Rabbi Richard Sarason, in a recent explanation of "Festival Additions to the Torah Service," highlighted the inclusion, among those special prayers, of this passage from Exodus, Chapter 34, verses 6 and 7:Adonai, Adonai, compassionate and gracious God
slow to anger, abundant in mercy and faithfulness,
extending kindness to the thousandth generation,
forgiving iniquity, transgression and sin, and granting pardon.
The "scene" in Exodus, Chapter 34 has always intrigued me, even more than the passage in Exodus, Chapter 20 in which God declared, for the first time, the Ten Words/Divine Utterances/Commandments. Moses' return trip up the mountain, with the "two tablets of stone like the first set" in his hands, creates a poignant moment of divine-human reconciliation. I find myself drawn to such tales of "coming back together," whether it is this reaffirmation of the covenant, or the episode in which Joseph reveals his identity to his brothers, or Ray Kinsella asking the ghostly apparition of his father, "Hey, dad, you want to have a catch?" Even the Beach Boys' current 50th Anniversary tour qualifies as an exercise in reconciliation.
None of these encounters would touch the human heart so deeply were it not for our capacity to "let go." We have it in our power to "write in sand" the deeds of others that caused hurt, which would better be forgotten, and to inscribe in stone the positive acts that would enable true fellowship, acceptance, and even love to endure.
Chanting the passage from Exodus, Chapter 34 as I stand before the open ark during our festivals and the High Holy Days is both an awesome and intimate experience. There is already a sense of closeness as we remove the Torah from the ark and chant/sing the declarations of the daily and Shabbat liturgy. These words add the elements to the Torah service of humility, honesty, and return. They express humility and honesty, because reciting this passage is an admission that we may have done something that calls for mercy, patience or forgiveness. This passage reflects "return," t'shuvah , because standing before the open ark (even for those not on the bimah) links us physically to God's eternal teachings embodied in the Torah. It is as if we are right next to Moses in the cleft of the rock, unable to see God's face, but comprehending a divine presence that not only passes by us but accompanies us with every step we take.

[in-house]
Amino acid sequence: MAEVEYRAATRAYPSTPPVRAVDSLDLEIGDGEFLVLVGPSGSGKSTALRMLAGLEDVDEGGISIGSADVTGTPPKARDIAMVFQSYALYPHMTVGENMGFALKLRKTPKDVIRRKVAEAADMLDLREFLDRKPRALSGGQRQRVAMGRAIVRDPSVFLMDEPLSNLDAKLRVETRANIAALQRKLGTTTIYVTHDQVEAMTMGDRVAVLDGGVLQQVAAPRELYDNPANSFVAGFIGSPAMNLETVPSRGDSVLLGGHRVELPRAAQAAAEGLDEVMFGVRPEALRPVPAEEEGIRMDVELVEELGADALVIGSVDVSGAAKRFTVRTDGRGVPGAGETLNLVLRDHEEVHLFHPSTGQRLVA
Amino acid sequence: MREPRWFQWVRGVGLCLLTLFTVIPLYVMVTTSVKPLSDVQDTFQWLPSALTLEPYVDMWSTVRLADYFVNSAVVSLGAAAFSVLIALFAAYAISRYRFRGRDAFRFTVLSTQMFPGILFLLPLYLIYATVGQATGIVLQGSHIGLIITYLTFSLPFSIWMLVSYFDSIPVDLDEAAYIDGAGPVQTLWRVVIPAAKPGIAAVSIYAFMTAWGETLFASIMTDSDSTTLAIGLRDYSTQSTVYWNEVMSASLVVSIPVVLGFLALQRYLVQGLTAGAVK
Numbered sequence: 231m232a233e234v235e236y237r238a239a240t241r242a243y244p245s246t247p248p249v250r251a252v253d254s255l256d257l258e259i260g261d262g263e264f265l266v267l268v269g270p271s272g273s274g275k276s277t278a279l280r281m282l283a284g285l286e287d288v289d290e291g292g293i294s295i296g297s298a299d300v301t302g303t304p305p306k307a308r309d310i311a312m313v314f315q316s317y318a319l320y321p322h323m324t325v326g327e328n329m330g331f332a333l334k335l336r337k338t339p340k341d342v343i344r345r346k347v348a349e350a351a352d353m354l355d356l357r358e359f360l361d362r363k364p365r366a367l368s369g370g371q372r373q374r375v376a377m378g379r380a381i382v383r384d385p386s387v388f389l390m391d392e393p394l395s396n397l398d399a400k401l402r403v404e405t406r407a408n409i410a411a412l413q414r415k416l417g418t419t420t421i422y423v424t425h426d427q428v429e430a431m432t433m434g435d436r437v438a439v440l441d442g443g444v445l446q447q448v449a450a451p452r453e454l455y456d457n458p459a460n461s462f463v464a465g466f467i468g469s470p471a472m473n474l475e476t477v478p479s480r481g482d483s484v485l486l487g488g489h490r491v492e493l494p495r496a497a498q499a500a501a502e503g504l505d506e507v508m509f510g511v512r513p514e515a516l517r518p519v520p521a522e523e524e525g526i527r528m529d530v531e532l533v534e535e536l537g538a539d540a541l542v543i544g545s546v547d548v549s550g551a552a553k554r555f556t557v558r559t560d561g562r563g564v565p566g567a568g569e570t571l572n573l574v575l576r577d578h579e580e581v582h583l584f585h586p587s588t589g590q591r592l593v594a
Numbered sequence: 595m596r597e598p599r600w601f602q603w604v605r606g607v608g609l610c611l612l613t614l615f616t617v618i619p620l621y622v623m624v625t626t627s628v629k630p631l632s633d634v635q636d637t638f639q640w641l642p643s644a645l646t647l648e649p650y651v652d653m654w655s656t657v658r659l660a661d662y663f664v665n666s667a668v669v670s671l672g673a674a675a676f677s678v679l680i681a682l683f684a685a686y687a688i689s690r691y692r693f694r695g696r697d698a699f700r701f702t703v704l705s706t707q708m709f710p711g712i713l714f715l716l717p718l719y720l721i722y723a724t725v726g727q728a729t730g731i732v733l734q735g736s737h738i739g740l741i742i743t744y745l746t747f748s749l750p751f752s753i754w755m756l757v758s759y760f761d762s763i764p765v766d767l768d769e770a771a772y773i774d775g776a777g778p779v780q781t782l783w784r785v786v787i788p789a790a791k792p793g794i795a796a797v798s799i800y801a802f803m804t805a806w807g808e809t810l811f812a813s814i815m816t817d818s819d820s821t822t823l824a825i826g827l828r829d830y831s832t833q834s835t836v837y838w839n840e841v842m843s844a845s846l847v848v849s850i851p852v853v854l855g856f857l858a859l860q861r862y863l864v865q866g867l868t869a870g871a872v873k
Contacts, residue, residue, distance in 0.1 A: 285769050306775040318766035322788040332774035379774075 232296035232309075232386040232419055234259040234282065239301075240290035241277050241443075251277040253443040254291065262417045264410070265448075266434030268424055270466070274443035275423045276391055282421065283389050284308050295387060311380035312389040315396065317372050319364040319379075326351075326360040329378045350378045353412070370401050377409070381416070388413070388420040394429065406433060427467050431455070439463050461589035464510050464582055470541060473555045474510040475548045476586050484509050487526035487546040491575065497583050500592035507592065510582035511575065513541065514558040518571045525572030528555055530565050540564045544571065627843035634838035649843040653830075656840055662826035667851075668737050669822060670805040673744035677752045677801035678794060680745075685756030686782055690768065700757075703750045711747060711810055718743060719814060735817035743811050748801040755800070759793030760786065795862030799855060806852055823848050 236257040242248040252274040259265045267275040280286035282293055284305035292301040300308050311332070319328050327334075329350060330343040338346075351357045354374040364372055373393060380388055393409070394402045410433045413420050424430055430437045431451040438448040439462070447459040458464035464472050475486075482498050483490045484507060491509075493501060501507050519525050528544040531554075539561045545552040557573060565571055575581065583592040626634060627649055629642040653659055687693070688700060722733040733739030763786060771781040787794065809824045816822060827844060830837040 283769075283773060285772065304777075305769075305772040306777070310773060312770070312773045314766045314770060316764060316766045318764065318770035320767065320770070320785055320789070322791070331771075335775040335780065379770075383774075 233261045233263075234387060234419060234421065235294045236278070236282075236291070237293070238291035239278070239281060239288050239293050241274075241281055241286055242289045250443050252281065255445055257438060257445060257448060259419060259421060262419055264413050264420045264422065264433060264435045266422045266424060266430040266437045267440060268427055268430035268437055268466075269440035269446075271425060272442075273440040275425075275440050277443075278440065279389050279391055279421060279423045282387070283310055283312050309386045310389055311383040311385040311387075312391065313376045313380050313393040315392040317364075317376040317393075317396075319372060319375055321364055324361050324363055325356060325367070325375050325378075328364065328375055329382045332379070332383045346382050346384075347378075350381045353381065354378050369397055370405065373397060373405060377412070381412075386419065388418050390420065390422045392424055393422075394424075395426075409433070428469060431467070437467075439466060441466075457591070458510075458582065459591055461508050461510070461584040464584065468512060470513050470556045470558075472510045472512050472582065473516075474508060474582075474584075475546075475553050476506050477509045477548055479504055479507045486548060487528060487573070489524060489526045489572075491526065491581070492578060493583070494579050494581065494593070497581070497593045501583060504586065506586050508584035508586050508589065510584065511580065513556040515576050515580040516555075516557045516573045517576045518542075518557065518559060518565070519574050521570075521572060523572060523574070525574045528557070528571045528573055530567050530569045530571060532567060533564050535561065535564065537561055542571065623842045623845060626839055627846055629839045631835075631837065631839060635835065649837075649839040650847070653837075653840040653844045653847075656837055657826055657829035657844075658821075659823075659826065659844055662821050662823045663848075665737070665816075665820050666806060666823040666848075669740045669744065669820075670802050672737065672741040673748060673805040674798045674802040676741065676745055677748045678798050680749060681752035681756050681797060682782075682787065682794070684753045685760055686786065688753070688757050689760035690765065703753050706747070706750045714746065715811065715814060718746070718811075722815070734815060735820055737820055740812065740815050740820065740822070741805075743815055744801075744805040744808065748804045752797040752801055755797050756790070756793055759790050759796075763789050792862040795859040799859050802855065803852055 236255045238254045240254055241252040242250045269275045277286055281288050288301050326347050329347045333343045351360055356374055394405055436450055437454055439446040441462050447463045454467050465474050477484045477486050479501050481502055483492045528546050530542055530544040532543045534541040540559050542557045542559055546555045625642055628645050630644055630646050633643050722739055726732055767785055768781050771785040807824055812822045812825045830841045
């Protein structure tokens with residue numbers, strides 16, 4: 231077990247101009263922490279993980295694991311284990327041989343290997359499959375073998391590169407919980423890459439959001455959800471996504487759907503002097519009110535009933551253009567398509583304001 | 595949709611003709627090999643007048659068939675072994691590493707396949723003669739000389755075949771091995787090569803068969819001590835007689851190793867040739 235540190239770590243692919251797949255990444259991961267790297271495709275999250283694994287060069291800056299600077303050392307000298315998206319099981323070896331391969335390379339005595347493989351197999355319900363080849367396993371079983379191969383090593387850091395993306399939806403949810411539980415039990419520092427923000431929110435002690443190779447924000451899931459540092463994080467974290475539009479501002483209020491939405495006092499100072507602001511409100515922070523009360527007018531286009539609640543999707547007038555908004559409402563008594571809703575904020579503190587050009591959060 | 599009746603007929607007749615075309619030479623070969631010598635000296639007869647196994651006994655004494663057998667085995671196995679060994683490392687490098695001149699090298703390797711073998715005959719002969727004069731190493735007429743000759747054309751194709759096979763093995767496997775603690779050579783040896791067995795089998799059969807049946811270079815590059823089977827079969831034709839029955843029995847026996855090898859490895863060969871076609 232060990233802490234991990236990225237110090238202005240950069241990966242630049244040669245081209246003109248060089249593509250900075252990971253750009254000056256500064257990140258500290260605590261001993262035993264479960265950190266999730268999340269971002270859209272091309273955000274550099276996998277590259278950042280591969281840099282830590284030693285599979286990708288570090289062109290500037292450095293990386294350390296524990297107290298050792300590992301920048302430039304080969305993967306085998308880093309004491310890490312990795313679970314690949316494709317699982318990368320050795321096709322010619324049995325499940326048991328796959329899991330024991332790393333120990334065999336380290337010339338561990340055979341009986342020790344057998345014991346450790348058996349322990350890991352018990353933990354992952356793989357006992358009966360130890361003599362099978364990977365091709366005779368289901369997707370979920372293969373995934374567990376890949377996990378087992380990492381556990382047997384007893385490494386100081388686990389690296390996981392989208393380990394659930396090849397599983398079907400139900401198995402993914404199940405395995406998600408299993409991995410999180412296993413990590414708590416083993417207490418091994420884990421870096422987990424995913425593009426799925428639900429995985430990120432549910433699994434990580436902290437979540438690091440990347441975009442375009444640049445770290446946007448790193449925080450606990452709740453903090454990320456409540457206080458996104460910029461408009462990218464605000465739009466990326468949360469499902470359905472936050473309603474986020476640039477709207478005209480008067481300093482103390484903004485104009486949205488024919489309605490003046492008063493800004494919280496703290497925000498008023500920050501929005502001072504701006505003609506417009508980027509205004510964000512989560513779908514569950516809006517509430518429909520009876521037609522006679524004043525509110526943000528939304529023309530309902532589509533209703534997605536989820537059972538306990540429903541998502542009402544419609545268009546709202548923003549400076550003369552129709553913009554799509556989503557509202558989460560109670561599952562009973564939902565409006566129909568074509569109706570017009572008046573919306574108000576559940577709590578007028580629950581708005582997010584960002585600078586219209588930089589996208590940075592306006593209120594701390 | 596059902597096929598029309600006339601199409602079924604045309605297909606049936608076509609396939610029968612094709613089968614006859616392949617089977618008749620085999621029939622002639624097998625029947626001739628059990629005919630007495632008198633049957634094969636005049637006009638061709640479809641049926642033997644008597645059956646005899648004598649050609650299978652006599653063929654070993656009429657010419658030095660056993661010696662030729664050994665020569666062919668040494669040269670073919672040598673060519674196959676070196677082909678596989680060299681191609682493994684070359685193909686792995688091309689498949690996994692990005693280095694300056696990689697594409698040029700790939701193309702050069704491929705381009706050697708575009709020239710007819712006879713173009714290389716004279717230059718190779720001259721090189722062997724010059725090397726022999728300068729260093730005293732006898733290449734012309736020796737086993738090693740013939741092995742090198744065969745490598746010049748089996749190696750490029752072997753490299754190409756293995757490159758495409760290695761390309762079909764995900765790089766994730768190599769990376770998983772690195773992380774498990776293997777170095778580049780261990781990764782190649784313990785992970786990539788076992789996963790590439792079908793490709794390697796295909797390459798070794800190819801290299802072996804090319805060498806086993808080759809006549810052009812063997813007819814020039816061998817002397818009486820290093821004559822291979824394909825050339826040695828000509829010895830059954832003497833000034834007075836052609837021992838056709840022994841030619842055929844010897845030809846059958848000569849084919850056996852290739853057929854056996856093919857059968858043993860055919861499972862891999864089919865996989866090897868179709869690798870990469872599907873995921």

The recitation of the divine attributes from Exodus, Chapter 34 is not only a characterization of God, but also a guide for us. As God is kind, compassionate, merciful and gracious to us, we need to act with kindness, compassion, mercy and grace. As God is described as "slow to anger," we need to remind ourselves that there are times when it is best to hold back our temper and allow our patience to direct our words and deeds. In community life, there are so many times when we or those around us may not make the right choice, so that estrangement and conflict will become inevitable, unless we remember that asking and granting forgiveness can heal the hurt, repair the breach, and restore wholeness, respect and unity.
Taking the Torah from the ark, bringing it out to the congregation, and reading from its words reminds us to keep those teachings "in our mouths and in our hearts, so we can do them." (Deuteronomy 30:14). The passage from Exodus, Chapter 34 teaches us that there are second chances for an individual or a community. God seems to want Moses and the Israelites to remain close to the divine and to each other. So should we seek that closeness in our families, our congregations, and within and between nations.
Musically, I find many melodies expressive for the Exodus 34 passage, such as the first setting that I learned, composed by Louis Lewandowski. Listen My favorite is Leon Sher's melody, sung with intricate harmonies by Beged Kefet. Listen The voices come together in such a way to reflect the intimacy of that moment between God and Moses, and the strong bonds that can continue to link us together as we seek to make divine teachings come alive every day. May kindness, compassion, mercy, grace, and forgiveness enable us to create and sustain love and peace within the human family.